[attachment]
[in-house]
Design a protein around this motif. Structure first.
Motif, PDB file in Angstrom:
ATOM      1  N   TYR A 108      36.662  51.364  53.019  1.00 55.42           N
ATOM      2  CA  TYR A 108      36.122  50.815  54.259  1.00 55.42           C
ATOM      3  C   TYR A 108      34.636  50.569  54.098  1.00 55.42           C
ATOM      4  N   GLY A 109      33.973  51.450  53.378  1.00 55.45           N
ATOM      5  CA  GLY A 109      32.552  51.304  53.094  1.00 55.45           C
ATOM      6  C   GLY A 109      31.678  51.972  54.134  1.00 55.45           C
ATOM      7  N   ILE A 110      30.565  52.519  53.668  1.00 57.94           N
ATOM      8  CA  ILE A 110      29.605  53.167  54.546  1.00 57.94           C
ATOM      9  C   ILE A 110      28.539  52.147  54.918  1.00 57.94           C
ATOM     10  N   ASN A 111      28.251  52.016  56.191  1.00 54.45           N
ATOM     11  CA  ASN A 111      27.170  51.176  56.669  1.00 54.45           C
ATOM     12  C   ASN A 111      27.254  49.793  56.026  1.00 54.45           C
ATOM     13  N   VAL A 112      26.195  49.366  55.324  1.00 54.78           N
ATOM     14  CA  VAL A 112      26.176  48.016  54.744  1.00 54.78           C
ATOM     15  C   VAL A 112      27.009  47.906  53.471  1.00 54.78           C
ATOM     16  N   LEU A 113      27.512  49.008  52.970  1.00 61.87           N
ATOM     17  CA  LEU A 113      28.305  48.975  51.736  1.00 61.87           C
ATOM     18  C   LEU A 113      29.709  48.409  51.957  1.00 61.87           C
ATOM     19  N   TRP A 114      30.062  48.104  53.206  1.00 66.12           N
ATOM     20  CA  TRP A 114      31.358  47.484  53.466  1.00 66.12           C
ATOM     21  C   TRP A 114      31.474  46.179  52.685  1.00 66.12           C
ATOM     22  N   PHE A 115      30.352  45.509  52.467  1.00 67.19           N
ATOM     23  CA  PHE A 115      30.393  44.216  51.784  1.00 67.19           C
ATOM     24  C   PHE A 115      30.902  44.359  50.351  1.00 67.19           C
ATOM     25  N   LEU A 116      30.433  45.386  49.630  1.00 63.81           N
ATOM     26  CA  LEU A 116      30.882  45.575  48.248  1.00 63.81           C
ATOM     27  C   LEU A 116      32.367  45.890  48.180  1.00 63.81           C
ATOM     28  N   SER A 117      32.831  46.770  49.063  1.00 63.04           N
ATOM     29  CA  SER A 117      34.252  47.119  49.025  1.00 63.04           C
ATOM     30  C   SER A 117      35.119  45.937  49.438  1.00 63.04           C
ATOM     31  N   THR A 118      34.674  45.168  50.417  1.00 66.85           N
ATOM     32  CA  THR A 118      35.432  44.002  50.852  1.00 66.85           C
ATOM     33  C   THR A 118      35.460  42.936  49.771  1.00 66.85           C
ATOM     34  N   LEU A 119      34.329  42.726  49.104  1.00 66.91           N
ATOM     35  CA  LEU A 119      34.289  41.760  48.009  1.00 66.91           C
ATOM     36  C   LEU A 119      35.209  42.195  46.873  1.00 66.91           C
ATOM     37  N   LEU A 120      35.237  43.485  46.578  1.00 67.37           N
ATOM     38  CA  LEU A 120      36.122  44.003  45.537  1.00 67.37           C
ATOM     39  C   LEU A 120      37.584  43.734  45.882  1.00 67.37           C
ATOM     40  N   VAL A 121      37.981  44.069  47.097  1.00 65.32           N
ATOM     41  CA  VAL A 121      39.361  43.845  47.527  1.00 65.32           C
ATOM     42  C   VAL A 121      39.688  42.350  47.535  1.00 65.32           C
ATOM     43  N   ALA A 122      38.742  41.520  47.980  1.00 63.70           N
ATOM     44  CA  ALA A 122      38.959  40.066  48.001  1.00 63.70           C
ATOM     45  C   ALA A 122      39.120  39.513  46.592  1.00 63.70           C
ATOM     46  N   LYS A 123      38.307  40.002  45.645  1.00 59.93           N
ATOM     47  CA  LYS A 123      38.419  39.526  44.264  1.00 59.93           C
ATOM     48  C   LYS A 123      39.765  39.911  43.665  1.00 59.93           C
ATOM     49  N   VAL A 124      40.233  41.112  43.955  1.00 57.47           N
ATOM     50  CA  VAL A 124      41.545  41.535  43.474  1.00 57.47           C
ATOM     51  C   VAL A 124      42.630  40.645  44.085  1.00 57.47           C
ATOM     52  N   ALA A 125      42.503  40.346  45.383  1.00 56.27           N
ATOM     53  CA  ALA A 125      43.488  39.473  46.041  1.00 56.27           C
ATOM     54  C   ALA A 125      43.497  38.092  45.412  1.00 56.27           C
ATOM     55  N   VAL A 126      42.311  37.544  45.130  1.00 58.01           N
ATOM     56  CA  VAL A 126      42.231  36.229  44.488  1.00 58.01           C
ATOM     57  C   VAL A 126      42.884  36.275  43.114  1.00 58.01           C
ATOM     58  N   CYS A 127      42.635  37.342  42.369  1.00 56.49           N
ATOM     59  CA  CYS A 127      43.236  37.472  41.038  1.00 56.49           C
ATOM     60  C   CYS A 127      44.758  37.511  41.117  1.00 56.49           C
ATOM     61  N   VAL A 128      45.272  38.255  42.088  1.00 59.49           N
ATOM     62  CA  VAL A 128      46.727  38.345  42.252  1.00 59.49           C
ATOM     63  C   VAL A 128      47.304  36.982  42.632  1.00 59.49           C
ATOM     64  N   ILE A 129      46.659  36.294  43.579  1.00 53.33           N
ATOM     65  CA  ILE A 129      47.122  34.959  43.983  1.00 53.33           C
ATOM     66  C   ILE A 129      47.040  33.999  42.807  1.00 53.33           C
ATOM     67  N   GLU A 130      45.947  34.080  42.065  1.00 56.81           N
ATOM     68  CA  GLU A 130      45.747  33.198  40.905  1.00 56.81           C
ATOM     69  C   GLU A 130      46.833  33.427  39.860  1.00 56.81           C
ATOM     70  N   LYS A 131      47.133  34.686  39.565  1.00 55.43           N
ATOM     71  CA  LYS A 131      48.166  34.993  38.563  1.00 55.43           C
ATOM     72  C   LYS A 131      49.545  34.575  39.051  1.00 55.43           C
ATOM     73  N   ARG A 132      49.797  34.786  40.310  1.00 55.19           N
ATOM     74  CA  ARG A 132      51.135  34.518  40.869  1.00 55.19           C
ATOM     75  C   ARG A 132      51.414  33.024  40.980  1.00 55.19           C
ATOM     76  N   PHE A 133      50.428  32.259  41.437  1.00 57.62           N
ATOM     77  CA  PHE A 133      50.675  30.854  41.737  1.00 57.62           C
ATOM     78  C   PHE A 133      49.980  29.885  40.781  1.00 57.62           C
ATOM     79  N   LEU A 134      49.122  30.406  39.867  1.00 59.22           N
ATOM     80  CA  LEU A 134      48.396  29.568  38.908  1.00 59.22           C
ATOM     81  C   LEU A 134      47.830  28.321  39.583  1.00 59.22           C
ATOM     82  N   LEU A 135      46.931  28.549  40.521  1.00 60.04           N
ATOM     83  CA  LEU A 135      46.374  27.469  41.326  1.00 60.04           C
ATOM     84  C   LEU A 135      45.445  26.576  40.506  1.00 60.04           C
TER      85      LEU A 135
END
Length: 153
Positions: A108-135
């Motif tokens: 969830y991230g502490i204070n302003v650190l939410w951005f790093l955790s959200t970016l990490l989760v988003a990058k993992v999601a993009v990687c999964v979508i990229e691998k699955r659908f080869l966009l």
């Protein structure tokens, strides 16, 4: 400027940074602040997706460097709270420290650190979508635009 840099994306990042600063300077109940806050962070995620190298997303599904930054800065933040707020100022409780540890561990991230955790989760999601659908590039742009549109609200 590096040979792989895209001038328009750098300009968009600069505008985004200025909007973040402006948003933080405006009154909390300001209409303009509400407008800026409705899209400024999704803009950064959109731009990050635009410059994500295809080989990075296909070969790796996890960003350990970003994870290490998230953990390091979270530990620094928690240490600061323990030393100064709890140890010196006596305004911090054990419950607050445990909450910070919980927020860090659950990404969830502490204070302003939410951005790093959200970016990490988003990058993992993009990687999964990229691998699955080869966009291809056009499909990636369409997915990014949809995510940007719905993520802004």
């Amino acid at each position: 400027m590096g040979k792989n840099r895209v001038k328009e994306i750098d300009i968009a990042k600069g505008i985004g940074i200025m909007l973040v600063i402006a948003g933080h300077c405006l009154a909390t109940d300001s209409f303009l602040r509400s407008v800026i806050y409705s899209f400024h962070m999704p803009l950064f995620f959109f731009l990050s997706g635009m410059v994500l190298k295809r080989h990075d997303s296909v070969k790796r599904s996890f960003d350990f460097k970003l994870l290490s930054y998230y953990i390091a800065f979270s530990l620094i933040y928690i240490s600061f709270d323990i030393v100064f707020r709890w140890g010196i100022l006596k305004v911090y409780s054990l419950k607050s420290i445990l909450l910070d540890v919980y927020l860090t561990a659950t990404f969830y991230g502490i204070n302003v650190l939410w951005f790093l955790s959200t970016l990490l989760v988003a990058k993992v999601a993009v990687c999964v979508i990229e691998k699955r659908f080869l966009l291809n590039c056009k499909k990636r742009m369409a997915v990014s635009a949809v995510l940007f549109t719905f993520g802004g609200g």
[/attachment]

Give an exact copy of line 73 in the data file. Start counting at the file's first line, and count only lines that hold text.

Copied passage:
ATOM     70  N   LYS A 131      47.133  34.686  39.565  1.00 55.43           N